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First-Gen Spotlight: Thao-Nguyen Pham

Thao-Nguyen Pham '20

In high school, I knew college was a goal for me. When I first toured Texas A&M, I realized it was the place for me because of the friendly campus environment; I also instantly pictured myself fitting in. The aggie family to me is a group of friends, advisors, and faculty that I can always reach out to regarding academics, career advice and personal issues.

I chose zoology as my major in the college of science because of the vast research conducted here at A&M. In addition to gaining knowledge from class, I wanted to see the knowledge be applied and the best outlet was conducting my own research.  Research has made me become more creative because I have to think a different way all the time. For every question asked in research I have to try various methods to
find the answer. And after every breakthrough or setback, use that time to reflect on the process. In a way, applying the knowledge I gained in the traditional classroom setting motivated me to learn more. Eventually with my undergraduate degree I want to go to vet school. I really enjoy studying animals because they represent a whole different side to us. Through learning about animals we can learn about ourselves. They also hold the key to innovative medicine.

I am proud to be a first generation college student at Texas A&M. I was born in Vietnam and at the age of four years old, I immigrated to America specifically, Houston, Texas. My parents believed it would be a better environment for me to grow up and that I would have a brighter future.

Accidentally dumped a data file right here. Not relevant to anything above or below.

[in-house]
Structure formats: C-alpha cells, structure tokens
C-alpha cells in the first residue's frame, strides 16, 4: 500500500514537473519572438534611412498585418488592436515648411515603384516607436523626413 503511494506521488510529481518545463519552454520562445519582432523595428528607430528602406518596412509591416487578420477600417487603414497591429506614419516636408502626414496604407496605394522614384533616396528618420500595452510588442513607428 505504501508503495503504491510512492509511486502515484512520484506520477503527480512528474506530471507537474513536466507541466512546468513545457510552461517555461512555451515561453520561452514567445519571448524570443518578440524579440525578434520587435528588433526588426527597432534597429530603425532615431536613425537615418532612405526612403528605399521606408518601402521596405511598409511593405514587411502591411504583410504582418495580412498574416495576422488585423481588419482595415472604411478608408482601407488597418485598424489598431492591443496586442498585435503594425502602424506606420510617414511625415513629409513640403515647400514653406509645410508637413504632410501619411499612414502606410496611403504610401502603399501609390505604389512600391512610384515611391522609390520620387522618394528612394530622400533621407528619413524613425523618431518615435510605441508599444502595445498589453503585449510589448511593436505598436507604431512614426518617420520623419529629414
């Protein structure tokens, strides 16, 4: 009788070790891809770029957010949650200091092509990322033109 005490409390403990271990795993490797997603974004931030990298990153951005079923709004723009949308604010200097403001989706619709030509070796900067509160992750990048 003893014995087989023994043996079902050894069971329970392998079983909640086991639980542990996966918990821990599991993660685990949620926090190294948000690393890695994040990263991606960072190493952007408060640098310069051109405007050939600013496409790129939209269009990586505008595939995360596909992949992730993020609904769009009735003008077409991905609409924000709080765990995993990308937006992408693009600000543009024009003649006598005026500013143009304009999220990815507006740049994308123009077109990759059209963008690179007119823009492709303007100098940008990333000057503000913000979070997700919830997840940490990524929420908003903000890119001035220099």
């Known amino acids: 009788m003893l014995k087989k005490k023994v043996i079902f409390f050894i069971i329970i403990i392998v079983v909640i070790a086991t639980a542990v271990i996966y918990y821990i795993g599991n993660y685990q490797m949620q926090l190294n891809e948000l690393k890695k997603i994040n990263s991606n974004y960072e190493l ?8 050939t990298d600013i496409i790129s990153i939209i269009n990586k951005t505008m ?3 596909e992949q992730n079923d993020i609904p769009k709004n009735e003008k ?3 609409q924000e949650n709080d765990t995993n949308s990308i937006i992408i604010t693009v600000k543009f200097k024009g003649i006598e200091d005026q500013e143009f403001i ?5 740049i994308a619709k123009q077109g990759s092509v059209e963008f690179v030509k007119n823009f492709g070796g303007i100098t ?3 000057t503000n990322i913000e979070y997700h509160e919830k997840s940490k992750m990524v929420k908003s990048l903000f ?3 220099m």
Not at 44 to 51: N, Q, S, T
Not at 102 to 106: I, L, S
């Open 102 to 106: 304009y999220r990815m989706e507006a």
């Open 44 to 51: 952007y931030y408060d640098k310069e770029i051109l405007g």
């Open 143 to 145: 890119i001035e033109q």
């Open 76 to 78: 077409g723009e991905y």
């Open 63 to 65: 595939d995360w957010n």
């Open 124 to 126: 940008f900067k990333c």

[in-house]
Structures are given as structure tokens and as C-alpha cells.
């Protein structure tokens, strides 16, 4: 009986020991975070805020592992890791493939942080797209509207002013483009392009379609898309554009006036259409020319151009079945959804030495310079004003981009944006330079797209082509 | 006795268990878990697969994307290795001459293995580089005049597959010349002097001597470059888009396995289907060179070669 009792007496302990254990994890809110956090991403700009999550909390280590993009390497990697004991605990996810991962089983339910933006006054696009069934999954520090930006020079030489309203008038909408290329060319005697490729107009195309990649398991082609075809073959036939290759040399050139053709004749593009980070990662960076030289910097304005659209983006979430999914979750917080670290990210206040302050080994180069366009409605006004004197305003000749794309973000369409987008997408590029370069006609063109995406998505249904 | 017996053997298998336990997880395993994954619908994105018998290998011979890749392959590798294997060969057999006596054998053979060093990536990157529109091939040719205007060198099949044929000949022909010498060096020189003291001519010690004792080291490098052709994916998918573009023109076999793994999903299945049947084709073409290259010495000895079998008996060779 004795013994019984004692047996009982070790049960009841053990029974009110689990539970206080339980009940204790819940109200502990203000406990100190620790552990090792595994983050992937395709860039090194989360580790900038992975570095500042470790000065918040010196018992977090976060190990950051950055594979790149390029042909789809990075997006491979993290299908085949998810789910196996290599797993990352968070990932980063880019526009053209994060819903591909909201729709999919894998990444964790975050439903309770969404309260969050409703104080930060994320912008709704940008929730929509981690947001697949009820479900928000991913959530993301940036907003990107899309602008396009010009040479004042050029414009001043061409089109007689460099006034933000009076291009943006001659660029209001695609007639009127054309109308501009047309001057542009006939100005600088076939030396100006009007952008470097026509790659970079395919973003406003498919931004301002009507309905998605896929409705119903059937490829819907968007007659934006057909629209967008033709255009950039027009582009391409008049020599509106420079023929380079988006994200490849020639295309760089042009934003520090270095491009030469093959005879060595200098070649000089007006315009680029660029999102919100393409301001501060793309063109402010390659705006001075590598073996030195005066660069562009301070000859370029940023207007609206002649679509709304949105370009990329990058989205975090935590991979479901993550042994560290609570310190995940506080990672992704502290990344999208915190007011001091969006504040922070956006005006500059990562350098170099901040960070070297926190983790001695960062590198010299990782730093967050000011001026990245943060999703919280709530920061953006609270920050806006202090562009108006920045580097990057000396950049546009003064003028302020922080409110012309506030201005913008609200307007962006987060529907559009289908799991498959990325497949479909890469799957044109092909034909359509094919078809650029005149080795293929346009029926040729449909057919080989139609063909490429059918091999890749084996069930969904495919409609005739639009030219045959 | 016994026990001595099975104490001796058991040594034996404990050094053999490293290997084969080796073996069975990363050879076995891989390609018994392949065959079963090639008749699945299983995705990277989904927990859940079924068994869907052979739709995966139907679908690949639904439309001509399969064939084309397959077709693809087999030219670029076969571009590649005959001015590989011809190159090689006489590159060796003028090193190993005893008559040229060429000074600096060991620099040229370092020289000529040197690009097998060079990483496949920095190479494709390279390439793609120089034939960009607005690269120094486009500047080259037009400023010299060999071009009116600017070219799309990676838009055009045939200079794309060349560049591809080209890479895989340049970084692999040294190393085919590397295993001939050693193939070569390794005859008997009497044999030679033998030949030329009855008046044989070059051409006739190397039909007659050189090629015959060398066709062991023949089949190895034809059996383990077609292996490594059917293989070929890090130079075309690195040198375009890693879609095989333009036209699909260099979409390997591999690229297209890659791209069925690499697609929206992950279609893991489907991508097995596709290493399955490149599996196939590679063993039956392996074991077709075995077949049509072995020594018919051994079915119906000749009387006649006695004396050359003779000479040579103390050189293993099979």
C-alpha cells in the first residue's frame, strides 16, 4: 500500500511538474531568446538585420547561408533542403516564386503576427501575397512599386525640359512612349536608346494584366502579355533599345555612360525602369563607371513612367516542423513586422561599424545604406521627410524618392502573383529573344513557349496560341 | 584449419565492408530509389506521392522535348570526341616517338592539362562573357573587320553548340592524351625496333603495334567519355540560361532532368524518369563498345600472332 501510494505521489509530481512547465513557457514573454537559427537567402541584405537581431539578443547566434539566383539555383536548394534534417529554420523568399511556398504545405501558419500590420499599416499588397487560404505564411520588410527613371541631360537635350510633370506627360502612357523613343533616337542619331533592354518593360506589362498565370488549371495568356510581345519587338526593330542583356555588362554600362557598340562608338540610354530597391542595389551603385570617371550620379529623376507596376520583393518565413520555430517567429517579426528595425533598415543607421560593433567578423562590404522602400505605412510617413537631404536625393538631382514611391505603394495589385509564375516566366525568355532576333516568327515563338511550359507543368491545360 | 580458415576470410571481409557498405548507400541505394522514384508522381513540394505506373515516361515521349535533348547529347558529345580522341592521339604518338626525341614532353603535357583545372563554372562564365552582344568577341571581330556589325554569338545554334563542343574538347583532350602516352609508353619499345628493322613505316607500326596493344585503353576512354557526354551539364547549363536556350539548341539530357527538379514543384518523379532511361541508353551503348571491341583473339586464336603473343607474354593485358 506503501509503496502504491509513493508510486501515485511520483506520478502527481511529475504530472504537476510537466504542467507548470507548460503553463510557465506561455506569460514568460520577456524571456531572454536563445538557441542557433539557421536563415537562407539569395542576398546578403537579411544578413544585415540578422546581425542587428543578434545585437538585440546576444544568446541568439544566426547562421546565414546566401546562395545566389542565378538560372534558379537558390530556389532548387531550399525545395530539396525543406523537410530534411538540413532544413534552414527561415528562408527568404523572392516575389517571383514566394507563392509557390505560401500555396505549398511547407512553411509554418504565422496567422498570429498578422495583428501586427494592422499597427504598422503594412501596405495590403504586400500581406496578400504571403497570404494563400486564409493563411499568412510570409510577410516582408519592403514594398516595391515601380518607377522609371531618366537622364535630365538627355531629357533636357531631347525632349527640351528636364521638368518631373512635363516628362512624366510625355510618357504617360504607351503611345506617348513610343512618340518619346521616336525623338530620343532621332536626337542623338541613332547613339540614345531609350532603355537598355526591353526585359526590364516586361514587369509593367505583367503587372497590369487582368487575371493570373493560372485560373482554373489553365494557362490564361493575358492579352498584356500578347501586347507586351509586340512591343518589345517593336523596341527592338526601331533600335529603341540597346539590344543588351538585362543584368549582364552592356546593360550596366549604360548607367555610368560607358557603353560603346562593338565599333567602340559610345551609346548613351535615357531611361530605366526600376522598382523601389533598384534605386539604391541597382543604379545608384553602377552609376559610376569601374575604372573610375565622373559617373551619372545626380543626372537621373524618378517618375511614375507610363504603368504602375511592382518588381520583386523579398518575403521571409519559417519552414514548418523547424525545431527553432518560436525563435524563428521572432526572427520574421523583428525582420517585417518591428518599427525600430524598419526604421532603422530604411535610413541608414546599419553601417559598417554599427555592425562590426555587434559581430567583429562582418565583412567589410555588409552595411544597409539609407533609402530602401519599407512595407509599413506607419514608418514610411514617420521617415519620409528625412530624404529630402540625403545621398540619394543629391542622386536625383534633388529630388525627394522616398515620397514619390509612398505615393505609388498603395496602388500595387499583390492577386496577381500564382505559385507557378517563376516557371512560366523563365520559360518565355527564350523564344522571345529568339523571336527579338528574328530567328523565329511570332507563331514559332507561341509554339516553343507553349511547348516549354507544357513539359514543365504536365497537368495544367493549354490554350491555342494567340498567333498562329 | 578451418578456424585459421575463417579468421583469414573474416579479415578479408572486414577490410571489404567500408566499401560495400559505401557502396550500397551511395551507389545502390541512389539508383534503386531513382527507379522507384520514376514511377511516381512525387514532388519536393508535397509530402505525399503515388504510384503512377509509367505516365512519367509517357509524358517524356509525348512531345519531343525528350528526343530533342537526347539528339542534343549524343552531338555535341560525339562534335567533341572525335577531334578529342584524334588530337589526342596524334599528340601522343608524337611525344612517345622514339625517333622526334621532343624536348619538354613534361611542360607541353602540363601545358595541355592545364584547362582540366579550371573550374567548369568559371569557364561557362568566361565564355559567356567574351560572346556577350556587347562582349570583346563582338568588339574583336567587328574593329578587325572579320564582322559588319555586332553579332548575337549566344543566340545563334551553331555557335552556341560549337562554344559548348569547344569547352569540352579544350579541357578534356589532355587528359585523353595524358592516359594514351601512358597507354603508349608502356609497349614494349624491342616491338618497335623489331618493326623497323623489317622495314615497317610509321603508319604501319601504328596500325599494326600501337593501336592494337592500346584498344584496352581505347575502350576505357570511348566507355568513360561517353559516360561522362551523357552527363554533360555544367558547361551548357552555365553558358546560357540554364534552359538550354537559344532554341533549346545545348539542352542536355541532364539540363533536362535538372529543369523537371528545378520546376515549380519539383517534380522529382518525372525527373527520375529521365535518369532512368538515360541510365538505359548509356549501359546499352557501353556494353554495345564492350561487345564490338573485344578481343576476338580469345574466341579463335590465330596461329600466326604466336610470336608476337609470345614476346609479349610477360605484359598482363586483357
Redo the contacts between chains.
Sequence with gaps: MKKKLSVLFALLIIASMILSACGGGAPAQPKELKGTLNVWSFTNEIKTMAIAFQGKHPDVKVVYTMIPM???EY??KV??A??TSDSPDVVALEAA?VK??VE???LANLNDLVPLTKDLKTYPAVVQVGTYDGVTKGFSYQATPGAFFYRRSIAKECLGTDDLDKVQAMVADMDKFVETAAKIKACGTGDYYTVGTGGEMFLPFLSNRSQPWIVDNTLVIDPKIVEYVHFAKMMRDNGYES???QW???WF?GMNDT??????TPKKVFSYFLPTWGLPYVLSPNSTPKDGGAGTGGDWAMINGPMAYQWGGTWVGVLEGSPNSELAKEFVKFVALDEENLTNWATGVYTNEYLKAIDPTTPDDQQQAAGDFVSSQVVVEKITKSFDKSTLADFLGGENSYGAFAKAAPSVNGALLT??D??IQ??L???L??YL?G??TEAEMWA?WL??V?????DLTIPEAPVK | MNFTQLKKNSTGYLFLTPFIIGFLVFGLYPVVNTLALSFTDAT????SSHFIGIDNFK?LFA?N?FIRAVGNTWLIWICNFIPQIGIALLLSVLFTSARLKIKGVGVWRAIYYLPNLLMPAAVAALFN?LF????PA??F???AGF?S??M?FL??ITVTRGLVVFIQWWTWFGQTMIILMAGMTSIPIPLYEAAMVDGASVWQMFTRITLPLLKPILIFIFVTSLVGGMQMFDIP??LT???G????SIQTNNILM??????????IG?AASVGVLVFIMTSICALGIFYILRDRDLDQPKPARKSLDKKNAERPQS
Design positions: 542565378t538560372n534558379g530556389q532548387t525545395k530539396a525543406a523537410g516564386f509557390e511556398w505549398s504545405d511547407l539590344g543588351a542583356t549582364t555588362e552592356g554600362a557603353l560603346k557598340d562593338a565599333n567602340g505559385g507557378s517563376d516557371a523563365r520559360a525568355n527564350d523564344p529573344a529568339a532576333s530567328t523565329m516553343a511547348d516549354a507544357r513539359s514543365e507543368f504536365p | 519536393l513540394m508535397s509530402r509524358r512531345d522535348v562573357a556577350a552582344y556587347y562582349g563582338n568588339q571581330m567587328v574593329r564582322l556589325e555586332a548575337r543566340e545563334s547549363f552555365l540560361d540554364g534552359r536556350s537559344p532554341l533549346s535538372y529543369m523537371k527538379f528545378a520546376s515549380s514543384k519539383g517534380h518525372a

One of the core values of Texas A&M is leadership. Texas A&M has taught me to be an active participant in my life. One way I have been developing my leadership skills is mentoring freshmen. FOCUS is a freshmen learning community that exists to guide first generation freshmen students to transition into college with as much support as possible. I was part of this organization as a freshman and seeing the impact it has been on me motivated me to do the same for others.  I help mentor first generation freshmen college students with all kinds of issues. These topics range from specific issues such as how to study, balance a social life and school, to things they might forget to include like self - care such as yoga or simply including breaks throughout the day or time to eat.

The most common issue I work with my mentees about - and something I also struggled with my freshmen year - is asking for help. As a freshmen, I thought I could do everything by myself – study and find this place and that resource. This way of thinking stems from my habit to appear independent and like I know everything because I grew up with parents who relied on me to be successful. It was important for me to always look like I was holding down the fort without trouble. I think without asking for help from the beginning, I would have struggled more than I did during my freshmen year. It is important for upcoming freshmen students and their parents to know that they have a lot of support from staff, other students, and student services such as from Student Affairs, the GLBT Resource Center, and student counseling.

The key to success in college is asking for help. Seeking help is not a sign of weakness. There is a saying that I use with my mentees- nothing is a stupid question, so just ask. It is smarter to ask for help before you make a mistake that could have been avoided.  This advice has pushed me to be more confident around others and I would not be where I am today without the continuous support of those around me.